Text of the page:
Ho hum, primary vs. excess solved, nothing to see here. But wait! Illinois law has long held that an insurer with a duty to defend may not simply refuse to defend. Employers Ins. of Wausau v. Ehlco Liquidating Trust, 708 N.E.2d 1122 (Ill. 1999). To contest its duty, the insurer must either defend under a reservation of rights or file a declaratory judgment action to determine its obligations. Id. If the insurer sits on the sidelines and does nothing, it breaches its duty to defend and is estopped from raising policy defenses to its duty to indemnify the insured in the event of a judgment or settlement. Id. Because Central Mutual neither defended General under a reservation of rights nor filed a declaratory judgment action, Lloyd’s contended that Central Mutual should be estopped from asserting its defenses. The court said no. Because Central Mutual’s coverage was excess and not primary, it had no duty to defend, could not be in breach of that duty, and therefore was not subject to estoppel. Plus, Central Mutual didn’t just sit around ignoring the case against General. Central Mutual sent at least three letters trying to investigate the claim and received no meaningful response until Lloyd’s filed its declaratory judgment action. And Central Mutual promptly responded to Lloyd’s complaint and filed affirmative defenses seeking its own declaratory judgment. So Central Mutual’s additional insured coverage of General remained merely excess to the primary Lloyd’s policy issued to General, and Central Mutual was not estopped from relying on its excess status.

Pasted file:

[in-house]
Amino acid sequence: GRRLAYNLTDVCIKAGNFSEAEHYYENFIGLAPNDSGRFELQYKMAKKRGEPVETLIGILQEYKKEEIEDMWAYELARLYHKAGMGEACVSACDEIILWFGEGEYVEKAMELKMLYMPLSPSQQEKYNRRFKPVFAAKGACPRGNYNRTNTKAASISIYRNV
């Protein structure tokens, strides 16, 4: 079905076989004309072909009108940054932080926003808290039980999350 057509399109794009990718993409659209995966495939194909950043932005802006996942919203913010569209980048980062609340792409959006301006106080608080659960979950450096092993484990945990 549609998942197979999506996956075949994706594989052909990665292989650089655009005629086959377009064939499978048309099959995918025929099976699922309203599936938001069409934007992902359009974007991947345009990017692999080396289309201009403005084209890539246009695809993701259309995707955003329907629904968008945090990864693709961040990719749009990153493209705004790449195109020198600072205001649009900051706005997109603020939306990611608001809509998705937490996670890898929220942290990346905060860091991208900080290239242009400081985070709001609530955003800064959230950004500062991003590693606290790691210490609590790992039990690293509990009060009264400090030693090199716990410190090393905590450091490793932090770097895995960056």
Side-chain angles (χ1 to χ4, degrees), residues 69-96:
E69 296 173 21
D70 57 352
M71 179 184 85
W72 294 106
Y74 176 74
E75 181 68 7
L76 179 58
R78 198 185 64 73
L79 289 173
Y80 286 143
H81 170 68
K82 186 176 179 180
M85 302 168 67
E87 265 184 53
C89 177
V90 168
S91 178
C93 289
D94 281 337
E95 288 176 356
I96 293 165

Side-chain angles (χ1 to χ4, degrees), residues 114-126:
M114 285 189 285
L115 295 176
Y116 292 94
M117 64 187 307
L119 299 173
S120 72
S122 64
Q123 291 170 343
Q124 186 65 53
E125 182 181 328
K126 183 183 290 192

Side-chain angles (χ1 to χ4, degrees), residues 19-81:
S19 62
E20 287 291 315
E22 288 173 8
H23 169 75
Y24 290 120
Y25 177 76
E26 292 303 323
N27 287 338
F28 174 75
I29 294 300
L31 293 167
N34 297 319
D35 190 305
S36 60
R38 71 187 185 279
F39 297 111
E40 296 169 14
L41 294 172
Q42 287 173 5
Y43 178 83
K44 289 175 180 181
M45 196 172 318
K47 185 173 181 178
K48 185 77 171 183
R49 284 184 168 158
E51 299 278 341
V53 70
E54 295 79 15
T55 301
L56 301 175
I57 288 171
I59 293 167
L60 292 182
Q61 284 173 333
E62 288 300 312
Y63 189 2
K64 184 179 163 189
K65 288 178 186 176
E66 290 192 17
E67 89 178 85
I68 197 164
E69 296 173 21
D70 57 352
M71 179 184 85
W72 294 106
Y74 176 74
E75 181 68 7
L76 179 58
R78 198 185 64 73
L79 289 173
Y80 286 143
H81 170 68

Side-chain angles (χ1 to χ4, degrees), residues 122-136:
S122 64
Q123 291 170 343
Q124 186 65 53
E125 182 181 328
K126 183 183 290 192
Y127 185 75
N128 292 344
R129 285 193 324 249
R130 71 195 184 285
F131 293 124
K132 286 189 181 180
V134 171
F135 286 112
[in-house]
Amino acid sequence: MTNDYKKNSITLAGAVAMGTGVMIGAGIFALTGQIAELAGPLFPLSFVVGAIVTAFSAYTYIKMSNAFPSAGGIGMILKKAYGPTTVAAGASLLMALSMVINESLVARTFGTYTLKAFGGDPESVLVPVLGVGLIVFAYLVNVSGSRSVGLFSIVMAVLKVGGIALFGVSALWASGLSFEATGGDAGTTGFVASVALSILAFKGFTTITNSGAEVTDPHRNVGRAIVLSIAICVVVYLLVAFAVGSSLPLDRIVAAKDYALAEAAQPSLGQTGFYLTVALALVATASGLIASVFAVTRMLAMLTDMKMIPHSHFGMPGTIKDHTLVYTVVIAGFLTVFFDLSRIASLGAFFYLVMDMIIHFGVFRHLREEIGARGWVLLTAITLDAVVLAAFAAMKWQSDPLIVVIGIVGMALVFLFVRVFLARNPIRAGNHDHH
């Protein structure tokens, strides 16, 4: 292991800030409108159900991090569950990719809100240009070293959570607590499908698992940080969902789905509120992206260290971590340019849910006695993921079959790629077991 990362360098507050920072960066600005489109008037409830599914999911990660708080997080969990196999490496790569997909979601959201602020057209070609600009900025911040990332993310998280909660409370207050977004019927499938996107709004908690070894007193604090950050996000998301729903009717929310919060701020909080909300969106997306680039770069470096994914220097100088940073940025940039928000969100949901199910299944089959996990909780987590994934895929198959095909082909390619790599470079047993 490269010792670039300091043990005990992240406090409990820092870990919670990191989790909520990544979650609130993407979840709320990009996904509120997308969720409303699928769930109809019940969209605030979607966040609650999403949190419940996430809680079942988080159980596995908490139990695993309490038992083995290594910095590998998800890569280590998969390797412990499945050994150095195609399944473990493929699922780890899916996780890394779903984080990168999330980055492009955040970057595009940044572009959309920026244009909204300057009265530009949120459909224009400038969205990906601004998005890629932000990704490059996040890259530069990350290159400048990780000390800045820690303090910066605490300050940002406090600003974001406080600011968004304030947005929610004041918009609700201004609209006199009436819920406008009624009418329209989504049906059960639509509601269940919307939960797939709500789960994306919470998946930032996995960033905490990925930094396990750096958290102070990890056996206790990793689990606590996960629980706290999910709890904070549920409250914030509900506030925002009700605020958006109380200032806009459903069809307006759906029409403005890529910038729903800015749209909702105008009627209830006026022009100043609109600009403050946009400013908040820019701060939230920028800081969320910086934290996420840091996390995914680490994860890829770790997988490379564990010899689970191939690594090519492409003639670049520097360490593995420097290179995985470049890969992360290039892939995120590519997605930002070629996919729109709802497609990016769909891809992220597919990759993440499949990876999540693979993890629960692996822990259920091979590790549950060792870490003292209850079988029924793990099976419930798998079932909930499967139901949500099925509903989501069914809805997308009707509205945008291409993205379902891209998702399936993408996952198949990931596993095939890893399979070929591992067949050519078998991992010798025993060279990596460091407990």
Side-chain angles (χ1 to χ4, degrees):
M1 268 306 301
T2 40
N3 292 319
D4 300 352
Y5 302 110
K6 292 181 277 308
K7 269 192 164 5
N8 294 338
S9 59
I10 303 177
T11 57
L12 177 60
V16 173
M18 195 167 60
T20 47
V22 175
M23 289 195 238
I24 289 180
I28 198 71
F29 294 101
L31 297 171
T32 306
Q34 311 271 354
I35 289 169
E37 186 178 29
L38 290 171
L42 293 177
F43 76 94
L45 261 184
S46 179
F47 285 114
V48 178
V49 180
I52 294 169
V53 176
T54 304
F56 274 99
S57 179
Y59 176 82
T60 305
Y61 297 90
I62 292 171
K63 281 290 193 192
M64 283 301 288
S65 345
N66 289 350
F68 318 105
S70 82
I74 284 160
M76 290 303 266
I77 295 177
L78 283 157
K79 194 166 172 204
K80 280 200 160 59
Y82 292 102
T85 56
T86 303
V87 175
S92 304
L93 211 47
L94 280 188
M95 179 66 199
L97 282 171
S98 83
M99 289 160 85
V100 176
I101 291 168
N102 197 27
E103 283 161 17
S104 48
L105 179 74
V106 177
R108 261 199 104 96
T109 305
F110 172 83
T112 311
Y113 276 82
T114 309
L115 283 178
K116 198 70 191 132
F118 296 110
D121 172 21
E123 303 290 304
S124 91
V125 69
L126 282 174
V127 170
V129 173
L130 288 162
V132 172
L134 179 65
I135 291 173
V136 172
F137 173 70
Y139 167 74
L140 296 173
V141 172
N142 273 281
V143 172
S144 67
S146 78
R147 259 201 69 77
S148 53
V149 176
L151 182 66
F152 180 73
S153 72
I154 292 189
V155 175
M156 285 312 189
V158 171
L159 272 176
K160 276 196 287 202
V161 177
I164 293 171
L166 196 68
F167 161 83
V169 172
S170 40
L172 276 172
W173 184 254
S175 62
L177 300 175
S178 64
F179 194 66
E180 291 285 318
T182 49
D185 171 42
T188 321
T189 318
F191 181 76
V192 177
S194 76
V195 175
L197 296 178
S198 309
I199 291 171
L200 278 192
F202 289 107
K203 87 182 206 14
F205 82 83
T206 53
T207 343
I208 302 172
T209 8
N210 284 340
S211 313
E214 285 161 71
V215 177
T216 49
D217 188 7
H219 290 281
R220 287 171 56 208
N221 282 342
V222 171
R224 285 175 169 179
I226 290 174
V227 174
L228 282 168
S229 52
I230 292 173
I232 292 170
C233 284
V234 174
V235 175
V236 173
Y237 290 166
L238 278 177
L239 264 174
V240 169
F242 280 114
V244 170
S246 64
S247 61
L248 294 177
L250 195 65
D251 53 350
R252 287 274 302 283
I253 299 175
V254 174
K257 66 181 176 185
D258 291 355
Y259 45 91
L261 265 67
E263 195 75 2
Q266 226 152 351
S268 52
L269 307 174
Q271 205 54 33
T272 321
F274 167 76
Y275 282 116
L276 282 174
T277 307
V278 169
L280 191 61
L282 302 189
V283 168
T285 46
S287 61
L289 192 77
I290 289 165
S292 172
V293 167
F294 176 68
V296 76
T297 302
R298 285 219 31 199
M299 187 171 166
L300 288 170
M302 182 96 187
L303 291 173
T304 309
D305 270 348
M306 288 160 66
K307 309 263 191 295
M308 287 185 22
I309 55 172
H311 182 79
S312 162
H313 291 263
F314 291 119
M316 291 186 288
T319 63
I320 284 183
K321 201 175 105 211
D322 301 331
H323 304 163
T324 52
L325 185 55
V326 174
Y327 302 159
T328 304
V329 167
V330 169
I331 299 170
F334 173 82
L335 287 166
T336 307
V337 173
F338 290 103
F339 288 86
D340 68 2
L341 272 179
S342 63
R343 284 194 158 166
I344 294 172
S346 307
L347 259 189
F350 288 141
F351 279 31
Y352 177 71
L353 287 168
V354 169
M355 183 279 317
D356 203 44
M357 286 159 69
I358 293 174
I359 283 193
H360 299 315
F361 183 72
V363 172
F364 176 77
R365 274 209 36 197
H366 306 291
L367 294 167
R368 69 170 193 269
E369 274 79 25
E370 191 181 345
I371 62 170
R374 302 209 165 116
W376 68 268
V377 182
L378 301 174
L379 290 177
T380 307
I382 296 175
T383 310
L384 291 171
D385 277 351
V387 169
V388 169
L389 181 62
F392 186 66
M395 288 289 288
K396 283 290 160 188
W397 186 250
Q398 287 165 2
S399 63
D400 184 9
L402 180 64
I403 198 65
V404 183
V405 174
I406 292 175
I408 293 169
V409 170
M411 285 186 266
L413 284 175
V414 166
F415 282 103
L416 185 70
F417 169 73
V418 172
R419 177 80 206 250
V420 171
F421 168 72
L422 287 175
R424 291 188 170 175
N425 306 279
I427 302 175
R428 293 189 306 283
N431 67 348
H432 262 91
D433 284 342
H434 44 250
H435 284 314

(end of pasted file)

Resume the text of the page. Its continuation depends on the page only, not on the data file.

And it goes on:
Paranoia Strikes Deep

Mt. Hawley Ins. Co. v. Certain Underwriters at Lloyd’s, 2014 IL App (1st) 133931, also arose out of a construction accident and the additional insured coverage for a general contractor (General). This time, Mt. Hawley was General’s carrier, and the Lloyd’s policy issued to a subcontractor (Sub) included an endorsement providing additional insured coverage for liability caused, in whole or in part, by acts or omissions of Sub or others acting on Sub’s behalf. Plaintiff sued General, Sub and others, and General tendered its defense to Lloyd’s. Citing the absence of any allegation that General was vicariously liable for Sub’s acts or omissions, Lloyd’s refused to defend or indemnify. Sub got out of the injury case on summary judgment, at which point Lloyd’s may have said “hooray for our side.”